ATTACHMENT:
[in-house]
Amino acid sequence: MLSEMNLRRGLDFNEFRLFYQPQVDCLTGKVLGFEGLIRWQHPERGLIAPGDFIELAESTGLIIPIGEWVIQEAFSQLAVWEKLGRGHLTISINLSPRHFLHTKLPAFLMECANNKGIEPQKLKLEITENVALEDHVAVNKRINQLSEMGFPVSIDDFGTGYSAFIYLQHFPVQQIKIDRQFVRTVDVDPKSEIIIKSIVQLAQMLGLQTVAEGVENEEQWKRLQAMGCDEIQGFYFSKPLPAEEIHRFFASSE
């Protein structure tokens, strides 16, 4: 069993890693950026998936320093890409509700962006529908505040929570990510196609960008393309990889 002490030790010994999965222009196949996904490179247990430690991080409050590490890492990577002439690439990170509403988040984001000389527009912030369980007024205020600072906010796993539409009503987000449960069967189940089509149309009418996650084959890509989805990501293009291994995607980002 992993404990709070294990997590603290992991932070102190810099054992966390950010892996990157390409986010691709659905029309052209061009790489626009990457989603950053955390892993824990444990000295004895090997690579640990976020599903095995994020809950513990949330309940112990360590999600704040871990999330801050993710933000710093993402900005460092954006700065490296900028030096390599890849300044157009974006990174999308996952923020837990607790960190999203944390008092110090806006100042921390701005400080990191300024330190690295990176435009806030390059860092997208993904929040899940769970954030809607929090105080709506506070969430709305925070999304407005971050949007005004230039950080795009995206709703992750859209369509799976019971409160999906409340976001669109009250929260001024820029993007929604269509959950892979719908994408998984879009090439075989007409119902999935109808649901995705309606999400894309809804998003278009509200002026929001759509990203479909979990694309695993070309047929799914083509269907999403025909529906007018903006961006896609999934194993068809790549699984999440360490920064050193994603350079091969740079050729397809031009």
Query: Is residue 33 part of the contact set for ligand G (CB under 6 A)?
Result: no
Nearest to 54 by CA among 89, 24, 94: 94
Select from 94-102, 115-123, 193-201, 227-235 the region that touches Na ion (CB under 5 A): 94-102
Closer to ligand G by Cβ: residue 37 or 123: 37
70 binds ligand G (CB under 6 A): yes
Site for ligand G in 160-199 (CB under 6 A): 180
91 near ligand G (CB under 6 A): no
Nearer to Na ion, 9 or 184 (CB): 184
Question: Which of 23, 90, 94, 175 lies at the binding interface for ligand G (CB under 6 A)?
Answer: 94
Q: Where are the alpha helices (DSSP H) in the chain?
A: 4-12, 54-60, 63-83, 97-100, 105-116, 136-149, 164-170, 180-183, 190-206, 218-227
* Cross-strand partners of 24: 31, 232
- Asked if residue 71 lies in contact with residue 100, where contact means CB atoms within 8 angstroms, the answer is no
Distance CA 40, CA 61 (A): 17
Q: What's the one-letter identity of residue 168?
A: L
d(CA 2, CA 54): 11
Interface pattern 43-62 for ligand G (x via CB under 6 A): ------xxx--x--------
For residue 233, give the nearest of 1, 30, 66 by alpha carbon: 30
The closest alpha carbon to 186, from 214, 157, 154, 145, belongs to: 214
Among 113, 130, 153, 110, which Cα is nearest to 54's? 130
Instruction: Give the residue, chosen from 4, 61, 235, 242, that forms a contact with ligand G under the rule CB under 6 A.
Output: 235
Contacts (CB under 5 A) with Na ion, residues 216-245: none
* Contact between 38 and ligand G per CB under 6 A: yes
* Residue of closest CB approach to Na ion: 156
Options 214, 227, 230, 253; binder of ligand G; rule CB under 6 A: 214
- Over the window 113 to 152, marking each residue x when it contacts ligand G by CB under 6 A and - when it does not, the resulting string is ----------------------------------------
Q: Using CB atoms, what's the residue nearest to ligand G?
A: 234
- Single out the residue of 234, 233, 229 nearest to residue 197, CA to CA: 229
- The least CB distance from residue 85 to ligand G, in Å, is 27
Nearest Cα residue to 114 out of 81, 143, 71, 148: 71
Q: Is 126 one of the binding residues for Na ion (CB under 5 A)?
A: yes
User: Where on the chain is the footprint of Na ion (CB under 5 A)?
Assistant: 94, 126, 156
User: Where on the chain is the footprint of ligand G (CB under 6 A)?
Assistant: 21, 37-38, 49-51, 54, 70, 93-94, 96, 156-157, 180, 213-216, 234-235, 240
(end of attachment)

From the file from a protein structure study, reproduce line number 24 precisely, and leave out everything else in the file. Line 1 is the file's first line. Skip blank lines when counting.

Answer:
For residue 233, give the nearest of 1, 30, 66 by alpha carbon: 30